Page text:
Can we prepare our kids to become successful future leaders?

Why do we usually think leadership is a skill mostly for adults – like leading an organisation or heading a project or something similar.
Leadership, we assume is a trait for adolescents or adults to nurture or develop. And frankly a crash course in leadership after finishing college does not always make a leader.

Like the habit of reading, leadership is a skill that needs conscious nurturing. And it is best to start as early as possible so that this skill can become a part of a kid’s personality.

Leadership is the way you act and react in a given situation. It is how you connect with other people. Leadership is about how your presence makes a difference to the crowd in the room. It is about your response to crisis. And there are many more traits of strong leaders.

During the formative years of a child, parents mostly focus on classroom learning and other extracurricular activities.

So what can parents do to develop leadership skills in their child early? A little effort everyday can prepare our young generations to be successful future leaders.

Here are SIX things you MUST do from today to gradually nurture leadership skill in your child –

The best leaders know how to start and finish a work. Putting consistent effort helps to accomplish a task successfully. Leaders also handle failure as gracefully as they handle success.

Children we know have less patience and attention span. Keeping that in mind, for example if a child is colouring or for that matter doing any task that is left half way, parents need to encourage the child to complete it. Even though the task is completed a little later or may be even the next day. But encourage the child do it. We as parents may usually forget the colouring sheet thinking its a small task. However, it is important for the child to complete the simplest of task. It is about developing a habit.

Leaders are confident decision makers. Children need to learn how to make good decisions early in life. It can be a simple thing like asking the child – what do we make for dinner OR what book we need to read before sleeping.

Usually, children become overwhelmed by too many choices. Narrow the choices down to two or three options. Ask them do you want egg, chicken or beans for dinner? Once they decide, ask them why they decided to eat a particular thing.

Along with what they say, you can add the benefits of each vegetable or protein. This will help them to make correct decisions in everyday life.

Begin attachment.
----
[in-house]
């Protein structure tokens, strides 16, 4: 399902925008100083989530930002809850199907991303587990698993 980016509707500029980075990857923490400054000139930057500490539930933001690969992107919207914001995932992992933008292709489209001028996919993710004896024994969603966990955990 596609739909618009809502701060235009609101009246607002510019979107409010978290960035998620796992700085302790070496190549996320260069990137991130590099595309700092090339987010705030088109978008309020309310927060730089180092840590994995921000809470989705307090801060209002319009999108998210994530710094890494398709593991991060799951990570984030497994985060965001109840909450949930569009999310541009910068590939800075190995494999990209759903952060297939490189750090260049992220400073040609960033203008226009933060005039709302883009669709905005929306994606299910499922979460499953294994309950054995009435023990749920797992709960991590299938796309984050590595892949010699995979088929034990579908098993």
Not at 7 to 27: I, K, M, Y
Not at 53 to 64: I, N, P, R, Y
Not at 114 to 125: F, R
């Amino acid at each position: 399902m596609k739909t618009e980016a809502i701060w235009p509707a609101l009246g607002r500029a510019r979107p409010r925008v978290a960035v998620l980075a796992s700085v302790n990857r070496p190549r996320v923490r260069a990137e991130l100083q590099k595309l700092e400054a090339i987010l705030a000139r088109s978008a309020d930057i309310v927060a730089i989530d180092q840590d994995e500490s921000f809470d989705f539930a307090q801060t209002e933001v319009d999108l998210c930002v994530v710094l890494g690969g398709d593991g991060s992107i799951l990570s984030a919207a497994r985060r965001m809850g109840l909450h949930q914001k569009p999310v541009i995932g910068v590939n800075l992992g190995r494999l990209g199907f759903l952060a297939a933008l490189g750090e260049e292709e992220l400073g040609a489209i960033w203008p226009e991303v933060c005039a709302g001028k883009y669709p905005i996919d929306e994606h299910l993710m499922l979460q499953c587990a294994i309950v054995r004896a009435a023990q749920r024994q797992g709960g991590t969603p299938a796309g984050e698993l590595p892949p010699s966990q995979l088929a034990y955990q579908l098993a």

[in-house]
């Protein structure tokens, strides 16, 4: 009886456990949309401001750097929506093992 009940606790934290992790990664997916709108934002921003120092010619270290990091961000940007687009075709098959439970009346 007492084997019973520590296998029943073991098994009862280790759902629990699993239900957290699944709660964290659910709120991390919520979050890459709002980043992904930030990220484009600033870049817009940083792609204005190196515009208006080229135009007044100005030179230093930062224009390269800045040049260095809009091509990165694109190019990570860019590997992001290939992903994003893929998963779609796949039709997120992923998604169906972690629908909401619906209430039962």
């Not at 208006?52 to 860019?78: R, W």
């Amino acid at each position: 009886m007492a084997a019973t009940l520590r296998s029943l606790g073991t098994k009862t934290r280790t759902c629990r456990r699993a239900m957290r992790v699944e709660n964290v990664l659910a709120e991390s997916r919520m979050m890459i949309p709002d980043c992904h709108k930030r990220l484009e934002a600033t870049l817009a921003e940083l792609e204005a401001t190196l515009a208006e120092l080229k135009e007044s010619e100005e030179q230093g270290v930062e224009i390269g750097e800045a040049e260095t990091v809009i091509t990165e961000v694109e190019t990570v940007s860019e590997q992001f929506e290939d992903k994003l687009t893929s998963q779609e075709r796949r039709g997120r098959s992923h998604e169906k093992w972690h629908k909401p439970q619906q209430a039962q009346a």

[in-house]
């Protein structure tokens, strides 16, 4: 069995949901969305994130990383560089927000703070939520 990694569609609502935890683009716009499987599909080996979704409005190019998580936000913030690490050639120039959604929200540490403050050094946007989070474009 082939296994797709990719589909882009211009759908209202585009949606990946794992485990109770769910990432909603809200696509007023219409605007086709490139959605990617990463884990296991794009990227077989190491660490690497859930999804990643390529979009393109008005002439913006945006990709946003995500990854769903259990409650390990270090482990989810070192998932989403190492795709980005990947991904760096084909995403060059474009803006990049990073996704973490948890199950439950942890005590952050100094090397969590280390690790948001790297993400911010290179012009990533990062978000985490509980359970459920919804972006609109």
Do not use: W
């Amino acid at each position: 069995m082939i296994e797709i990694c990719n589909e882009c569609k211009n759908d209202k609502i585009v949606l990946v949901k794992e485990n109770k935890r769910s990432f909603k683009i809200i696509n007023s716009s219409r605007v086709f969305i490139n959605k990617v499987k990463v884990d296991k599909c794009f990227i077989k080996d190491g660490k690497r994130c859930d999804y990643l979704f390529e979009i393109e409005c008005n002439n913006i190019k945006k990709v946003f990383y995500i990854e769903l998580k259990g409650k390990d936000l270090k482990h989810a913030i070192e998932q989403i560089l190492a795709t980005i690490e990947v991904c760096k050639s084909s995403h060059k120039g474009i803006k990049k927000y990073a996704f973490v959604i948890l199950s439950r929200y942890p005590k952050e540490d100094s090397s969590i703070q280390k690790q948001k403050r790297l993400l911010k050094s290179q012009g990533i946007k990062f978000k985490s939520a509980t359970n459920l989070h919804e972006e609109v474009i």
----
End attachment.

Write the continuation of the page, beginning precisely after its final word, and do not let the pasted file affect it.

Leaders are effective communicators. When you go shopping for your children, allow them to interact with the sales person directly and help the child convey what she is looking for.
Or when you go to a restaurant, do you place orders for your children? Turn this simple dinner into a confidence-building exercise. Allow children to speak directly to waiters.
Allowing them to order and speak directly to waiters will help them gain confidence. It will also enable them to communicate what they need.


When your child is searching for various words to convey her experience, allow her time. Rather than jumping into finish the sentence. A lot many times the child may have something else or unique in their mind.
Another example is when child works on a project or activity, you may want to jump in and help, especially if you see your child struggling. However, hold back the urge. Consider stepping back and letting your children work through it themselves.
Once the task is complete encourage and review the obstacles and challenges that emerged during the task. Ask the child for ideas on how things could have been done differently.

Leaders thrive on optimism. Success is strongly connected to optimism and hope. Never ever tell the child how badly he has done a task. Instead, ask the child for opinion. Ask if it has been done correctly.

Most of the time the child knows that she has completed it hastily. If the child is unable to identify, then point towards the correct method and show them through example. Rewarding optimism, especially when that optimism is connected to attempting to reach a goal always helps.

There are several benefits of reading. Studies have shown that children who read have greater intellectual progress in a variety of subjects. Young readers tend to learn more about the world. Ask them to read everything even while travelling in the car. Tell them to read the number plates. Or the sign boards. Or anything that you are crossing.
And you cannot be a leader unless you have vast knowledge.